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How biometrics can help to reduce fraud and improve the customer experience

(Image credit: Image Credit: Gustavo Frazao / Shutterstock)

Can you tell us how has your technology has helped a company to tackle fraud recently? 

Deutsche Telekom integrated Nuance’s voice biometrics into Deutsche’s existing customer service hotline, which is already powered by Nuance conversational AI-based technology. 

The technology enables customers to speak naturally, instead of navigating a phone menu. Additionally, they can use the sound of their voice to confirm their identity when calling for service. 

Instead of entering cumbersome information such as account numbers, enrolled subscribers simply say the passphrase “Bei der Telekom ist meine Stimme mein Passwort” (which translates as “my voice is my password”). This is matched to their unique voiceprint, akin to a fingerprint, to gain account access. Today already 300.000 customers use the technology and 75% confirm that authentication is much easier. 

How important is the development of voice biometrics for customers and business in relation to fraud prevention?

Even though passwords are largely viewed as outdated, consumers still accept them and businesses still use them. We therefore need to move beyond this archaic thinking that passwords and PINs are the only protection that consumers need.

Instead, enterprises should be protecting their customers through a layer that offers artificial intelligence (AI) based technologies, including voice and behavioural biometrics, intelligent channel, geo and network detectors, as well as conversational and device-focused algorithms. This multi-layer approach provides the highest levels of security since it can identify legitimate customers through the sound of their voice, location, device and the way they talk, tap and type.

By analysing typical conversation patterns, voice characteristics and other aspects of communication, the technology can flag when a call is likely fraudulent and therefore identify offenders whose profiles do not match those of a customer.

To put this into perspective, HSBC recently said voice biometrics has helped it weed out fraudsters – and has prevented over £300m falling into the hands of criminals since it launched in the UK.

Does it have an implication on the customer experience as well?

Today we use hundreds of passwords across our connected lives, and remembering each one can be difficult. Voice biometrics ensures telephone banking is safer, quicker and easier than having to remember often cumbersome passwords.

For example, Barclays Wealth have achieved a score of 90 per cent or higher with 93 per cent of their customers following the deployment of voice biometrics. 97 per cent of clients that have been offered the voice biometrics service have decided to use it as their means of identity verification, leading to a 60 per cent reduction in customer complaints and 60 per cent shorter calls.

What is ‘Pathfinder’ and how can it boost the “conversational intelligence” of virtual assistants?

Project Pathfinder is a breakthrough technology that reads existing chat logs and transcripts of conversations between agents and customers within contact centres, and automatically builds highly effective dialogue models to create and support two-way conversations between virtual assistants and consumers.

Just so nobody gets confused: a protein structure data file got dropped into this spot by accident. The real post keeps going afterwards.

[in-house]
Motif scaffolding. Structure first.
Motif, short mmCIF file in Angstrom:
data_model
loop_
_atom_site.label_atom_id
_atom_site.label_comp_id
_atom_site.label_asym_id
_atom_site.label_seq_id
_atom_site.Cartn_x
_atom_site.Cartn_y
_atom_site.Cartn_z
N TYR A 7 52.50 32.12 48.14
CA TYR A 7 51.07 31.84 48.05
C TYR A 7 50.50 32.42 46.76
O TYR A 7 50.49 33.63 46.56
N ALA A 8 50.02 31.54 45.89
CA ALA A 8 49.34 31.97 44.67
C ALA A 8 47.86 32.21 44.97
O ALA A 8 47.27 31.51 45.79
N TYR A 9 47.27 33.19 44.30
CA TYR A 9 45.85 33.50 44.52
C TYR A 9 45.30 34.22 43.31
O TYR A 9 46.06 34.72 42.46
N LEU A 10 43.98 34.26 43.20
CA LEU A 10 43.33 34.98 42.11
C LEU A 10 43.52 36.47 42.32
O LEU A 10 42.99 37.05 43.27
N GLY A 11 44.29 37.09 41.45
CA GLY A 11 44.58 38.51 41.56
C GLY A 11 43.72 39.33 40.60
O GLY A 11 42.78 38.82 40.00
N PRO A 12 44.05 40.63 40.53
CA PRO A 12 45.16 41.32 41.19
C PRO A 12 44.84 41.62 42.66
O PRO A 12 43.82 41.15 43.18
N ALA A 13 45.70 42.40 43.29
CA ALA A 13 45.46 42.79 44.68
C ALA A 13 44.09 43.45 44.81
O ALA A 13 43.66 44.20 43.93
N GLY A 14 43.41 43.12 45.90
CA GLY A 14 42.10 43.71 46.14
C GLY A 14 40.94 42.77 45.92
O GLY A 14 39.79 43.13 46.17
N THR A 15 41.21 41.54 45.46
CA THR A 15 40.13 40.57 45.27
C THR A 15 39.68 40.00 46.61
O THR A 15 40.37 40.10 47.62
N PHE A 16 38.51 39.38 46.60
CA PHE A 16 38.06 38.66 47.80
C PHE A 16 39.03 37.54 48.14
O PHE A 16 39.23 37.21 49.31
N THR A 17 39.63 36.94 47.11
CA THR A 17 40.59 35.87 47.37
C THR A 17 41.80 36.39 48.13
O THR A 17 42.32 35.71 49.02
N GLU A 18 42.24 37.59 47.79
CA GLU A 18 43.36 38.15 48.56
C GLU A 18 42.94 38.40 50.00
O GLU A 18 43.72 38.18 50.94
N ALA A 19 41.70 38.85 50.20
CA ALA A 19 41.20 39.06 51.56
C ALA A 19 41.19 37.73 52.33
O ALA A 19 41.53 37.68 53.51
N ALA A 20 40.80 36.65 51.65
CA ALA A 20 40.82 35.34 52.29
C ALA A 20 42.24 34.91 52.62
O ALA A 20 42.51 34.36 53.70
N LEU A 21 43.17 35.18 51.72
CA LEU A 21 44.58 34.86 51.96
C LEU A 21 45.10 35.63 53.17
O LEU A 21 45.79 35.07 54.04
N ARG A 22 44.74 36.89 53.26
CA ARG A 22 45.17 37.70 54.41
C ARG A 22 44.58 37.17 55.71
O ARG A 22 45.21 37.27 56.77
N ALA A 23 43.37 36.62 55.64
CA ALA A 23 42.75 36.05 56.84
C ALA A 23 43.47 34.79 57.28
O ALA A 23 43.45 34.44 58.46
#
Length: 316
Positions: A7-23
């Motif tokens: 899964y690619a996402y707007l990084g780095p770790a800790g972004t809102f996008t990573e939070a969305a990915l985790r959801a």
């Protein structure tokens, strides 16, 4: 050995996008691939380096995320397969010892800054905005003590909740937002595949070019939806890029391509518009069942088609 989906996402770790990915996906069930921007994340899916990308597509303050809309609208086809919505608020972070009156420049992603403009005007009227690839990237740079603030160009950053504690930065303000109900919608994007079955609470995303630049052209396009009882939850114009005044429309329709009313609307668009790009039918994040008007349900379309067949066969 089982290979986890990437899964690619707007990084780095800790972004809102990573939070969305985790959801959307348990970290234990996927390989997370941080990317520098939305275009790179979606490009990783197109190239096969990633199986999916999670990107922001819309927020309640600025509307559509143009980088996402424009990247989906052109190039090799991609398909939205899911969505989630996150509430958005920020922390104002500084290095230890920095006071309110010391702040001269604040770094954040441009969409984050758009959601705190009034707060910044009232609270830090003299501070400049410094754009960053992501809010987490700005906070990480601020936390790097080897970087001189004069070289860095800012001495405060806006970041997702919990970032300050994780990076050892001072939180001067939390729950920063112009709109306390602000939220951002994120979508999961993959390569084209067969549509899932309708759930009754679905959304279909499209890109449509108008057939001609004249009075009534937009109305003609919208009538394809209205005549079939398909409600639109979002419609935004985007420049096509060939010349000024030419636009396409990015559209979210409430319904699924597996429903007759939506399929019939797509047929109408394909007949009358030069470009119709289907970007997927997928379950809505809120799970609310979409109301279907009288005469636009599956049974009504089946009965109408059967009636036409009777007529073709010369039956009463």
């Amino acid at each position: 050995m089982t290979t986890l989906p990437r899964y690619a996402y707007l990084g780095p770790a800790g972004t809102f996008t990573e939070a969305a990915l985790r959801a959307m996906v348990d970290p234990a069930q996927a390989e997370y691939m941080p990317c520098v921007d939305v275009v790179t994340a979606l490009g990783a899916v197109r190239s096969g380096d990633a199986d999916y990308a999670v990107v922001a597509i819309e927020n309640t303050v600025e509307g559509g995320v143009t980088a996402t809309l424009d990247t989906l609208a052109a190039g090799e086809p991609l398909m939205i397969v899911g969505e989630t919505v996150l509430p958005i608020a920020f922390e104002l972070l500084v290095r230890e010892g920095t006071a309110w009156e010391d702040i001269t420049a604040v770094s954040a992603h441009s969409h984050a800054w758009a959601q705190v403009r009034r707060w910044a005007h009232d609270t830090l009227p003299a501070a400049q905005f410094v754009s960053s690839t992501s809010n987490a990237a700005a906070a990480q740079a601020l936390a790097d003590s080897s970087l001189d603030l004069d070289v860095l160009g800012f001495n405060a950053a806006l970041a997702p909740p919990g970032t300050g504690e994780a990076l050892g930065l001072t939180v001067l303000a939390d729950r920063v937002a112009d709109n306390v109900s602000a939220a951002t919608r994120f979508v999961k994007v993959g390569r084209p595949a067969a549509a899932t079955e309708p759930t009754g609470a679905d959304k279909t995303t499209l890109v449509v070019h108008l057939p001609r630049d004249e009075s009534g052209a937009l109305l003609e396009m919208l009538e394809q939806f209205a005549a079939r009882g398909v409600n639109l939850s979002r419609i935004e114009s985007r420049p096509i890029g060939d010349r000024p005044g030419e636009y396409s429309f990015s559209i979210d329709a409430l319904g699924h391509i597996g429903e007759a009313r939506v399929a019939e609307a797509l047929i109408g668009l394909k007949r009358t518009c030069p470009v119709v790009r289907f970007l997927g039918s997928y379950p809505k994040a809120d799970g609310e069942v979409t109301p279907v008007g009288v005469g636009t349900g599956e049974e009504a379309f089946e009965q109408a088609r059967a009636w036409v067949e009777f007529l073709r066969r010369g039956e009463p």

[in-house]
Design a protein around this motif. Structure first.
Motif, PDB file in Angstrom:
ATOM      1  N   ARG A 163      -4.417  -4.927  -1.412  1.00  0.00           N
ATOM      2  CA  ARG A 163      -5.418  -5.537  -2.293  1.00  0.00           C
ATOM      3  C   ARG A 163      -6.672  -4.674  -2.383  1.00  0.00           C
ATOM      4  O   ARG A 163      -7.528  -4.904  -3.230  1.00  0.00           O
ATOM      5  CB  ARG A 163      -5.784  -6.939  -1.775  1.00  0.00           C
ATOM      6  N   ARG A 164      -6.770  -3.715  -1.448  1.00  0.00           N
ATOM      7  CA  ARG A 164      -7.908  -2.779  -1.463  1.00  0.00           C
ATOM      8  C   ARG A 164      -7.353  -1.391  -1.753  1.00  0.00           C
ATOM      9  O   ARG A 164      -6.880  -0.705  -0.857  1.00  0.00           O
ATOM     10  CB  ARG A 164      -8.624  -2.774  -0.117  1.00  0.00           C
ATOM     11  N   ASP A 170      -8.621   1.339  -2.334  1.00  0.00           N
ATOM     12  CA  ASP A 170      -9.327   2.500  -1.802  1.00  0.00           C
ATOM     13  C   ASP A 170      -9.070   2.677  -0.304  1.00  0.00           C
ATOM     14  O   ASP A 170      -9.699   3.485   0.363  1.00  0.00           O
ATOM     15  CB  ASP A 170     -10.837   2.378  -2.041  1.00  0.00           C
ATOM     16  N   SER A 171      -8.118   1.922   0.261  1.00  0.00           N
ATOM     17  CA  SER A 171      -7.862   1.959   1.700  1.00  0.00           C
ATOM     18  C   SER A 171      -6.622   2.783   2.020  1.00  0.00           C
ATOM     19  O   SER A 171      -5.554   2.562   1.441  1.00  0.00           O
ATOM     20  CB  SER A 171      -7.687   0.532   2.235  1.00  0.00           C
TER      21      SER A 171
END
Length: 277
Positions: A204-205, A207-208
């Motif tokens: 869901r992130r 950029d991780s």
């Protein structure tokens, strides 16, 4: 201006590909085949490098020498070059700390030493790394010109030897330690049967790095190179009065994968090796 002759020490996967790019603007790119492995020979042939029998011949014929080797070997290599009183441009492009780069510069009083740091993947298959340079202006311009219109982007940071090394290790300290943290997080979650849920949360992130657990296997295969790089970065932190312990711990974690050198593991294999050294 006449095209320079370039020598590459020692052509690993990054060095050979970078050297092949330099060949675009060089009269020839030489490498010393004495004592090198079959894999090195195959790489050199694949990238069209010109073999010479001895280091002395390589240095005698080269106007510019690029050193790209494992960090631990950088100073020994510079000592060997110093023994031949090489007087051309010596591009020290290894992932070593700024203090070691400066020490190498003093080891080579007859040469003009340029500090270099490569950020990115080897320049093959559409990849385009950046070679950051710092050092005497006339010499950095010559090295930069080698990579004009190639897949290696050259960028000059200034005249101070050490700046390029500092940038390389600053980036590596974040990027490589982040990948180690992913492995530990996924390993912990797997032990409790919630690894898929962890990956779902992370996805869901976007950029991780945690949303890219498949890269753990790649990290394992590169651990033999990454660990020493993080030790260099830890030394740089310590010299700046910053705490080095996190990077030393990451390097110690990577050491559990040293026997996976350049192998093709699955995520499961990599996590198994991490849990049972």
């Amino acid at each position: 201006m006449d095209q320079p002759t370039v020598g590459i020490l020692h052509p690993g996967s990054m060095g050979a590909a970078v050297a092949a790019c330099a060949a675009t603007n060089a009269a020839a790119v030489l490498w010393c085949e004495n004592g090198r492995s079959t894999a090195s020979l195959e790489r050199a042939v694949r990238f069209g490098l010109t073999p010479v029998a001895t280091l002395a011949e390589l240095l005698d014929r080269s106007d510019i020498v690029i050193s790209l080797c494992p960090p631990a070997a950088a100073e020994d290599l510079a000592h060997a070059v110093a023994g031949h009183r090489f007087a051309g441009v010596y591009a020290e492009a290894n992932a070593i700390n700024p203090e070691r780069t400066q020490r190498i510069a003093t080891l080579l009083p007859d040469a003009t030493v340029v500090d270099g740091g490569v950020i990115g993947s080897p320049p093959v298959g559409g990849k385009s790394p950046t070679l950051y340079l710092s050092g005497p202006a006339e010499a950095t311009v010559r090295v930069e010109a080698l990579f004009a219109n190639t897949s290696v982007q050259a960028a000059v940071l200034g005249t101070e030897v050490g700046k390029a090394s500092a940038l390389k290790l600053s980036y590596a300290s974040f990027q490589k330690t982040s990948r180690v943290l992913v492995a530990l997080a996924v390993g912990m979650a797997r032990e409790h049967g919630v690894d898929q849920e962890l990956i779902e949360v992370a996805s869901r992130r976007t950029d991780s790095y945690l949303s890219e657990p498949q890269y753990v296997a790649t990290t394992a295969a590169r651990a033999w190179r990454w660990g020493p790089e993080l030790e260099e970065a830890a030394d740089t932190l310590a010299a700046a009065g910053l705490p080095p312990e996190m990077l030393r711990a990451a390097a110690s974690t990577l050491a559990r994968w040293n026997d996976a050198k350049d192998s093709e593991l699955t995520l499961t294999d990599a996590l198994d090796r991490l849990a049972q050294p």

Until now, training a virtual assistant to specialise in financial services, telecommunications, healthcare, insurance and other industries was a highly manual, time-consuming, and often lengthy process, prone to human error.

Project Pathfinder demonstrates how machine learning and AI can automate the creation of dialogue models by learning from logs of human conversations. This significantly reduces the time and cost to create an intelligent VA that resolve issues quickly and is capable of a contextual, two-way conversation.

What does that differ from the virtual assistants we have at home? 

Currently the interactions that we have at home with our virtual assistants are still quite limited and can be frustrating – assistants like Siri and Google Home only have certain conversational abilities.

Whilst Project Pathfinder is not yet being incorporated into consumer virtual assistants, it demonstrates that the capability is there for more meaningful conversations with AI – underpinned by existing customer conversations.

How are virtual assistants changing the customer experience, for example within call centres?

To deliver the 24/7 experience consistently across phone, mobile applications, digital assistants or web chat, many organisations are adopting AI-enabled virtual assistants (VAs).

As an example of this, Swedbank Group - the leading financial institution in Sweden, Estonia, Latvia and Lithuania – deployed a VA that uses natural language understanding to understand customer intent and deliver a human-like, conversational responses through interactive, text-based chat.

With 75 per cent of Swedbank customers preferring to conduct their banking via a mobile app or online, the deployment has been a huge hit. The bank saw an average of 30,000 conversations taking place per month within the first three months of adoption and the assistant answering eight out of every 10-customer questions – and is getting better the more as it learns.

Brett Beranek, Vice President & General Manager, Security & Biometrics Line of Business, Nuance Communications
Image Credit: Gustavo Frazao / Shutterstock

With over fifteen years of experience in customer experience and biometrics, Brett brings strategic and tactical insights to organisations wishing to deliver better experience to customers via innovative security technologies.